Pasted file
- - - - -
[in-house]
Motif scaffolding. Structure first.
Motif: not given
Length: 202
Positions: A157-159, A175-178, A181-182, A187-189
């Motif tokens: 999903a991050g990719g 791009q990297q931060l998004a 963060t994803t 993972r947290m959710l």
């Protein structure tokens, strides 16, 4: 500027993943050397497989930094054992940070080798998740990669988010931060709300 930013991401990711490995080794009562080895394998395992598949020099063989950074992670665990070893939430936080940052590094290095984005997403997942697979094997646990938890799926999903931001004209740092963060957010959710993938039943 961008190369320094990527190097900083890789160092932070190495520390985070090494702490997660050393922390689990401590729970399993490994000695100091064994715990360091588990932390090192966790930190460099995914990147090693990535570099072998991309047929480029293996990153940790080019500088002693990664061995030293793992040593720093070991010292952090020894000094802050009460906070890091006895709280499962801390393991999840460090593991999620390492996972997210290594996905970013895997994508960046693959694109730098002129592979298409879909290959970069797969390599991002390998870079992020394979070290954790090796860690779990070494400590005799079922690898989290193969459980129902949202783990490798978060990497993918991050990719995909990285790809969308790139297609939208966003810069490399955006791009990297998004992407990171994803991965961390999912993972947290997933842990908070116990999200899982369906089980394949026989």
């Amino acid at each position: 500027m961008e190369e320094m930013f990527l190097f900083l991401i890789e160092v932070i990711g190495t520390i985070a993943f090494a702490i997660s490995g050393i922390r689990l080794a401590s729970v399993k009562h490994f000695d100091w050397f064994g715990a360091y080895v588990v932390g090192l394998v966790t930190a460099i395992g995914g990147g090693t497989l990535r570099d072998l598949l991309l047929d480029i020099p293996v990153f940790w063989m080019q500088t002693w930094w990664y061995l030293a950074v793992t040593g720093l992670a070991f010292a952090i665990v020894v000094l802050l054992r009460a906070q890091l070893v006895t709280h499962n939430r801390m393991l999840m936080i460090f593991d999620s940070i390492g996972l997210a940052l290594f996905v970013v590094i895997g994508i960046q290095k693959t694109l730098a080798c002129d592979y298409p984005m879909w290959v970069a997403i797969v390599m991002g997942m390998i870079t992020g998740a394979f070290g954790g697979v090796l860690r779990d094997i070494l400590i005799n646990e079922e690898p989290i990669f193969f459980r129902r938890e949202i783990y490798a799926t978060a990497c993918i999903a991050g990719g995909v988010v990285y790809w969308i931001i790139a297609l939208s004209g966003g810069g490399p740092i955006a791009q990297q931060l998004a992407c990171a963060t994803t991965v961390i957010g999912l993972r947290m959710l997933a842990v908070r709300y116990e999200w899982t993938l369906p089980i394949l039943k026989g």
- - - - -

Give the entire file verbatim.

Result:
[in-house]
Motif scaffolding. Structure first.
Motif: not given
Length: 202
Positions: A157-159, A175-178, A181-182, A187-189
């Motif tokens: 999903a991050g990719g 791009q990297q931060l998004a 963060t994803t 993972r947290m959710l």
């Protein structure tokens, strides 16, 4: 500027993943050397497989930094054992940070080798998740990669988010931060709300 930013991401990711490995080794009562080895394998395992598949020099063989950074992670665990070893939430936080940052590094290095984005997403997942697979094997646990938890799926999903931001004209740092963060957010959710993938039943 961008190369320094990527190097900083890789160092932070190495520390985070090494702490997660050393922390689990401590729970399993490994000695100091064994715990360091588990932390090192966790930190460099995914990147090693990535570099072998991309047929480029293996990153940790080019500088002693990664061995030293793992040593720093070991010292952090020894000094802050009460906070890091006895709280499962801390393991999840460090593991999620390492996972997210290594996905970013895997994508960046693959694109730098002129592979298409879909290959970069797969390599991002390998870079992020394979070290954790090796860690779990070494400590005799079922690898989290193969459980129902949202783990490798978060990497993918991050990719995909990285790809969308790139297609939208966003810069490399955006791009990297998004992407990171994803991965961390999912993972947290997933842990908070116990999200899982369906089980394949026989």
């Amino acid at each position: 500027m961008e190369e320094m930013f990527l190097f900083l991401i890789e160092v932070i990711g190495t520390i985070a993943f090494a702490i997660s490995g050393i922390r689990l080794a401590s729970v399993k009562h490994f000695d100091w050397f064994g715990a360091y080895v588990v932390g090192l394998v966790t930190a460099i395992g995914g990147g090693t497989l990535r570099d072998l598949l991309l047929d480029i020099p293996v990153f940790w063989m080019q500088t002693w930094w990664y061995l030293a950074v793992t040593g720093l992670a070991f010292a952090i665990v020894v000094l802050l054992r009460a906070q890091l070893v006895t709280h499962n939430r801390m393991l999840m936080i460090f593991d999620s940070i390492g996972l997210a940052l290594f996905v970013v590094i895997g994508i960046q290095k693959t694109l730098a080798c002129d592979y298409p984005m879909w290959v970069a997403i797969v390599m991002g997942m390998i870079t992020g998740a394979f070290g954790g697979v090796l860690r779990d094997i070494l400590i005799n646990e079922e690898p989290i990669f193969f459980r129902r938890e949202i783990y490798a799926t978060a990497c993918i999903a991050g990719g995909v988010v990285y790809w969308i931001i790139a297609l939208s004209g966003g810069g490399p740092i955006a791009q990297q931060l998004a992407c990171a963060t994803t991965v961390i957010g999912l993972r947290m959710l997933a842990v908070r709300y116990e999200w899982t993938l369906p089980i394949l039943k026989g």